HÀ NỘI — As the number of new COVID-19 infections in Hà Nội continues to rise after the Tết (Lunar New Year) holidays, people have been rushing to buy COVID-19 rapid test kits, causing a shortage and increased prices in some areas.
The director of the Department of Medical Equipment and Construction under the Ministry of Health Nguyễn Minh Lợi said that the ministry was aware of the shortage and inconsistent pricing for rapid COVID tests.
He said that the complicated developments of the pandemic combined with the return to work and school after the Tết holidays are the main reason for the increased demand for rapid test kits.
The phenomenon of speculating, hoarding or taking advantage of the pandemic to increase the selling prices of medical equipment has been reported, he said.
To promptly tackle the issue, the Ministry of Health held an online meeting with manufacturers and importers of COVID test kits, he said.
Accordingly, health authorities called on COVID-19 rapid test kit producers and importers to increase production and import activities to ensure supply and product quality. Distributors and retailers are required to publicise prices and not stockpile or increase prices, which could result in scarcity in the market.
The Ministry of Health now has very specific guidelines for suspected infections (F1) and confirmed infections (F0). These regulations have been distributed.
It is recommended that people contact their nearest medical facility for detailed instructions, and avoid unnecessarily buying tests, limiting waste that could affect the environment.
If it is necessary to buy a kit, people are recommended to buy products with a clear origin, belonging to the list of products that have been granted circulation permits and import licences by the Ministry of Health. The products must be labelled with sufficient information as prescribed and have user manuals in Vietnamese.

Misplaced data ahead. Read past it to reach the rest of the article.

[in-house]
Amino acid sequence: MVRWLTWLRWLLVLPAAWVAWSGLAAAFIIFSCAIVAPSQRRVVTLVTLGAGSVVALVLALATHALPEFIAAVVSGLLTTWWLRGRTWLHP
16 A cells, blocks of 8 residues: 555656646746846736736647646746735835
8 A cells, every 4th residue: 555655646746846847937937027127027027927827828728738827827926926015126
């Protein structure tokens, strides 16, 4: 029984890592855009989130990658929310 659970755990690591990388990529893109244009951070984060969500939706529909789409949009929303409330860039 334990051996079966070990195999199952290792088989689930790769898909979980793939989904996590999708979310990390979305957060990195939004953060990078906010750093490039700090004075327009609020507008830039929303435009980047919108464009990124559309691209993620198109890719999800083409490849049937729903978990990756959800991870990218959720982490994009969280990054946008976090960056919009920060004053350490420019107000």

The ministry urged users to carefully follow the instructions for using the products to avoid buying fake goods, goods of unknown origin, and poor quality goods.
Lợi said that the ministry asked the people’s committees of the provinces and centrally-run cities to coordinate and take the initiative in production and business activities, to ensure proper supply and stabilise the medical equipment prices.
Functional agencies and market managers will strengthen inspection and examination of selling prices to detect any overcharging or hoarding.
Finally, to stabilise the price of COVID test kits on the market, the Ministry of Health will coordinate with price management agencies, market management, customs and other agencies to carry out inspection and examination of test prices, Lợi said.
Lợi affirmed that medical equipment and biological products for diagnosis and testing of COVID circulating on the market must have a registration number or an import permit in accordance with the provisions of Decree No 98/2021/NĐ-CP.
Business units must be eligible to buy and sell class C and D medical equipment according to the provisions of the decree.
The Health Ministry is working with the Ministry of Finance to propose that COVID test kits are added to a list of price stabilisation products, Lợi said.
According to the health ministry, as of February 23, 2022, the ministry licensed 169 medical devices, with 14 domestically produced and 155 imported products including 56 genetic material testing products, 83 SARS-CoV-2 antigen testing products and 30 anti-SARS-CoV-2 antibody testing products.
Since the fourth wave of the COVID-19 broke out in Việt Nam late April last year, Hà Nội has reported nearly 220,000 cases, behind HCM City with 523,593 cases and Bình Dương Province with 294,644 cases. — VNS